At the bottom of this post are two videos of tadpoles of the Green Frog (Lithobates clamitans) swimming in experiment tank #6. One video is from June 27, 2022, and the second is from June 30.
Juvenile Green Frogs have laid several clutches of eggs in all eight experiment tanks. Cope’s Gray Tree Frogs (Hyla chrysoscelis) have also laid several clutches of eggs in every tank as far as I can tell.
The tadpoles of the Gray Tree Frog are significantly smaller than these Green Frog tadpoles, and they are also less numerous, and so I don’t have any idea how many are surviving the Amphibian Chytrid Fungus.
Chytrid is killing roughly half of the Green Frog eggs before they hatch, and I’m guessing that it will take roughly half the tadpoles before they leave the pond as miniature adults.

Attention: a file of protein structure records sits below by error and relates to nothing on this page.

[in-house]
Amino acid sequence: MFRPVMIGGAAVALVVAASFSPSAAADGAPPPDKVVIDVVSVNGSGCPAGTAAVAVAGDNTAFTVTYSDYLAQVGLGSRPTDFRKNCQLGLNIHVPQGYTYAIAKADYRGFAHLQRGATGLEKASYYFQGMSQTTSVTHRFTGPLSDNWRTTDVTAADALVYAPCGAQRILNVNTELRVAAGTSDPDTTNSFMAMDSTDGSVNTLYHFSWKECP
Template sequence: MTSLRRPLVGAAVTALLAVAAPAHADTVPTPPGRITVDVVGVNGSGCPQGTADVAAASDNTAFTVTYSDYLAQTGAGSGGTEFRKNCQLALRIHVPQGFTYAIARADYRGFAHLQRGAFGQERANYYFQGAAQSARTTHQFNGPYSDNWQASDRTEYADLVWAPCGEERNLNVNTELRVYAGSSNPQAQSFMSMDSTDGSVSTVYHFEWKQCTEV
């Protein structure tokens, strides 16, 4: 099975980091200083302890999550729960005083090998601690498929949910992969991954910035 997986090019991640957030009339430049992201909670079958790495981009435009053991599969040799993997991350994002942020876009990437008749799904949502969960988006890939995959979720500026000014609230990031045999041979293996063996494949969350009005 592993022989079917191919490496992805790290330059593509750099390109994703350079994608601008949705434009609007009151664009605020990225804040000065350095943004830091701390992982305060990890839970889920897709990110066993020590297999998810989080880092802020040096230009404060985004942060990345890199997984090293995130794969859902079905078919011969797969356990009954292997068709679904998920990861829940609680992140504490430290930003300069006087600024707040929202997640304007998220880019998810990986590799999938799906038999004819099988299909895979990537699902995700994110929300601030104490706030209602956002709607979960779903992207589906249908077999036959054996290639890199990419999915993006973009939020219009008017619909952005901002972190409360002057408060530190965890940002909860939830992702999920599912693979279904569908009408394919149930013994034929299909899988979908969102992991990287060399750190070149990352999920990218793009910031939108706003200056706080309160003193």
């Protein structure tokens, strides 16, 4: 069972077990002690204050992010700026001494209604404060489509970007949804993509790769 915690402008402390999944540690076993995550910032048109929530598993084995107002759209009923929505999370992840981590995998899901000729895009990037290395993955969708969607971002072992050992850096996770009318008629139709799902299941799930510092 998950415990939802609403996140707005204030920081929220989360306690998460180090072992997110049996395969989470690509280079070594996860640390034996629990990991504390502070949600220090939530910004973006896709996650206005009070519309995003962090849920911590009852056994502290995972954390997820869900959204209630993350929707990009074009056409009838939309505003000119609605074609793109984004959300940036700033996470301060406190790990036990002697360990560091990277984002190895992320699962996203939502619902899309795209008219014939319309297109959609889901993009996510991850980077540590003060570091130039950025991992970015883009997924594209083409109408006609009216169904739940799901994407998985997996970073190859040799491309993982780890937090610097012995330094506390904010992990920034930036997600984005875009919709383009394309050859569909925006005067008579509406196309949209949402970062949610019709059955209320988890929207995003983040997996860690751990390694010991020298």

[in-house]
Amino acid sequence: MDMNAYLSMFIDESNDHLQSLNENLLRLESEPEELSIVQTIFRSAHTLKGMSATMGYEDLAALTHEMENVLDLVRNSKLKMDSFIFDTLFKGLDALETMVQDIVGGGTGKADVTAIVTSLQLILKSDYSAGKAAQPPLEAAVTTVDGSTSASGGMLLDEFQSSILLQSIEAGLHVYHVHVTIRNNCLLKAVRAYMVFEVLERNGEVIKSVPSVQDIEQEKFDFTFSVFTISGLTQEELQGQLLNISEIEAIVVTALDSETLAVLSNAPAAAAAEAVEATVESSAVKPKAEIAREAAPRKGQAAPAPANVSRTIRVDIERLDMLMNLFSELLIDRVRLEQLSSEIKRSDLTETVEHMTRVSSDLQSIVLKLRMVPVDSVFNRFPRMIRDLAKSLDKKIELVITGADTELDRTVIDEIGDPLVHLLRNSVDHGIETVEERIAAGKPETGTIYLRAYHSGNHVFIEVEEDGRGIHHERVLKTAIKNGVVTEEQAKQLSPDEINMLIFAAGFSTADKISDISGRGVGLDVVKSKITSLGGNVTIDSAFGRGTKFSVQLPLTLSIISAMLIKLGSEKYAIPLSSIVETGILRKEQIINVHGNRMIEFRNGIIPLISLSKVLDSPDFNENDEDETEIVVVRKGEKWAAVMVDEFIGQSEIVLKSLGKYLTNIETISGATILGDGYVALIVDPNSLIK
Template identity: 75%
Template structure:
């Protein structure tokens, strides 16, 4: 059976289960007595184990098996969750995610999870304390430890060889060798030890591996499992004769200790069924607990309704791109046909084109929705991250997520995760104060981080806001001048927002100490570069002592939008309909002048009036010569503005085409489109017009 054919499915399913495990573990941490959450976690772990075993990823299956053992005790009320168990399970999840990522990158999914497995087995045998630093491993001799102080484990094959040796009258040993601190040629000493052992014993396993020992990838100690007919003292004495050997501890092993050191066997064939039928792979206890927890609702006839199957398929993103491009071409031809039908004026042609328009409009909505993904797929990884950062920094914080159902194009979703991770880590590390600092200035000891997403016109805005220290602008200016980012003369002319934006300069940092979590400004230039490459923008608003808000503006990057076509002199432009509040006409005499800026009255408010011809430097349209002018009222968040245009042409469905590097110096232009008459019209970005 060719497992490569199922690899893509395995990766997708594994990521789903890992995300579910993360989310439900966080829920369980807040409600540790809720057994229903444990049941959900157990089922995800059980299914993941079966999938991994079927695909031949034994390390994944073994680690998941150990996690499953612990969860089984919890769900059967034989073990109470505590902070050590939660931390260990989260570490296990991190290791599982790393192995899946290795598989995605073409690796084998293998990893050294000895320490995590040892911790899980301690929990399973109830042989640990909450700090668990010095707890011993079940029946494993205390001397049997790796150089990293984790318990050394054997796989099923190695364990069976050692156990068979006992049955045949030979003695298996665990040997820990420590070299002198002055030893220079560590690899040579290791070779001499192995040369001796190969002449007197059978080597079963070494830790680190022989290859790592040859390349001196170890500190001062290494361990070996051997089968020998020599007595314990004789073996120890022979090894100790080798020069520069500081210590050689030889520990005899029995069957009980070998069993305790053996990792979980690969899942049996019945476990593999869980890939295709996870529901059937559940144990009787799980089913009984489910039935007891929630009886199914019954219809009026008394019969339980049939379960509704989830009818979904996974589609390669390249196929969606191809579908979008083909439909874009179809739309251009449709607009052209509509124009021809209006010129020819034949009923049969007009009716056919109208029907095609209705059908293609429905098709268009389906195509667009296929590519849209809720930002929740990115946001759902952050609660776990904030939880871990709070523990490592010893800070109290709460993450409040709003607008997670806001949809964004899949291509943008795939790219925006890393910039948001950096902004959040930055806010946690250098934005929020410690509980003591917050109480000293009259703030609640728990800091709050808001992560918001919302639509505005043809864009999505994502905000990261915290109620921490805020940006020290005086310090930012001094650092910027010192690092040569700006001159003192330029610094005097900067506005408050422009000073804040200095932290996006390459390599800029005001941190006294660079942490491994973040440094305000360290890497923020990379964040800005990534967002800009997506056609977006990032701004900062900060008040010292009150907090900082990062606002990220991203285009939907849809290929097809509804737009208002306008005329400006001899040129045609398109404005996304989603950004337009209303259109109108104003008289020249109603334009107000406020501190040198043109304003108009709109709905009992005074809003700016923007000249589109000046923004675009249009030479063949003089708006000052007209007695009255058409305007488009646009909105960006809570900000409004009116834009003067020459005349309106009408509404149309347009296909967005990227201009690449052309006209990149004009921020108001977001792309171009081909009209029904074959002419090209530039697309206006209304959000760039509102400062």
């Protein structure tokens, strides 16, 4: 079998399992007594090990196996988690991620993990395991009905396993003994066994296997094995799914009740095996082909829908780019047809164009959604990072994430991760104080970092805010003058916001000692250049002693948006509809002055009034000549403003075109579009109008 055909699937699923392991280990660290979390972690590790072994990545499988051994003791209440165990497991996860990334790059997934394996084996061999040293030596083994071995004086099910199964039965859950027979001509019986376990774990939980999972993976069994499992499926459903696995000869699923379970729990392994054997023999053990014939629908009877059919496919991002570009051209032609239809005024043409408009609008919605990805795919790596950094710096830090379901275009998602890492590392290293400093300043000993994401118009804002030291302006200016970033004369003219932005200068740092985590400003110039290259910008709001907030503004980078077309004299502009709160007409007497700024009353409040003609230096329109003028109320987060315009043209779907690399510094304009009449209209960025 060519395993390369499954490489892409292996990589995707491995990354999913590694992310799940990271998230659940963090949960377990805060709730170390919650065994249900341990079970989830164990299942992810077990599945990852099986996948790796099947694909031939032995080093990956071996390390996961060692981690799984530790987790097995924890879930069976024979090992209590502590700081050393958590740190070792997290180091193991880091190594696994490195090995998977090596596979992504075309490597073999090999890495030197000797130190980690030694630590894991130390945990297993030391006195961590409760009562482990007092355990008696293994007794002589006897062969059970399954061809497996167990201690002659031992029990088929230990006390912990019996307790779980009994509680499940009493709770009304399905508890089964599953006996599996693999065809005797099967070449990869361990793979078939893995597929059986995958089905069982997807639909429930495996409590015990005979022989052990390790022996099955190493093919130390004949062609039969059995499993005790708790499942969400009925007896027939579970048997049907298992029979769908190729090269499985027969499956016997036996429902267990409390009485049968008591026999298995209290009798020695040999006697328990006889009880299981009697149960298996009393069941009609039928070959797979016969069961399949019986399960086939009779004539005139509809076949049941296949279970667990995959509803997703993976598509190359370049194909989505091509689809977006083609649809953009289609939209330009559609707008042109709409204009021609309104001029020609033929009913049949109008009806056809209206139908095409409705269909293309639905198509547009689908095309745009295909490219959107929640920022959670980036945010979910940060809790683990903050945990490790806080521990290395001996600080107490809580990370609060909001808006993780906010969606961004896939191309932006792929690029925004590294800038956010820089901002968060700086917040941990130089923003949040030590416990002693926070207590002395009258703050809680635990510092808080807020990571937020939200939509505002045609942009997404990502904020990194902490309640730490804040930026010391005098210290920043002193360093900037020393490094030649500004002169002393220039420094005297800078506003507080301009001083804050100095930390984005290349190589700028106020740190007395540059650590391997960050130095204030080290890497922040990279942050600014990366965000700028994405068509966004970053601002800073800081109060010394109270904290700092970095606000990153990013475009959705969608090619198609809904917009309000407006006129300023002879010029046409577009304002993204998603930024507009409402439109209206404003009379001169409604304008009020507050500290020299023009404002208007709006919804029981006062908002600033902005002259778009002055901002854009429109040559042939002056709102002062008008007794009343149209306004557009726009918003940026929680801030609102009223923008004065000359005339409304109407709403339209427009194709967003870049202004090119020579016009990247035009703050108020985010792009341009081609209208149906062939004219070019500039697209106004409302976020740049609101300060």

That’s still a huge number of survivors each year, and the ponds appear to be saturated with frogs of reproductive age, with some surprisingly large individuals, to the extent that younger adult Green Frogs eagerly invaded the experiment tanks to mate.
Hopefully with the survivors breeding and increasing in numbers each year, we can have a fully resistant strain in a few years.
I wish I had similar estimates for the Gray Tree Frog population, but the adults are elusive and camouflaged with color-changing skin, and the tadpoles may be as well.
I also can’t rule out that a lot of the smaller individuals I’m seeing aren’t actually Gray Tree Frog. I just always assume they are from the most-recent clutch of Green Frog eggs, because there is a new clutch every week.
I don’t know how much an impact the Green Frogs are having on the Gray Tree Frog population, but I Greens are larger and eat everything including other frogs.
I need to make chicken wire covers for each experiment tank to keep out the Green Frogs.
I just hope their tadpoles aren’t creating food pressures on the tree frog tadpoles in this season.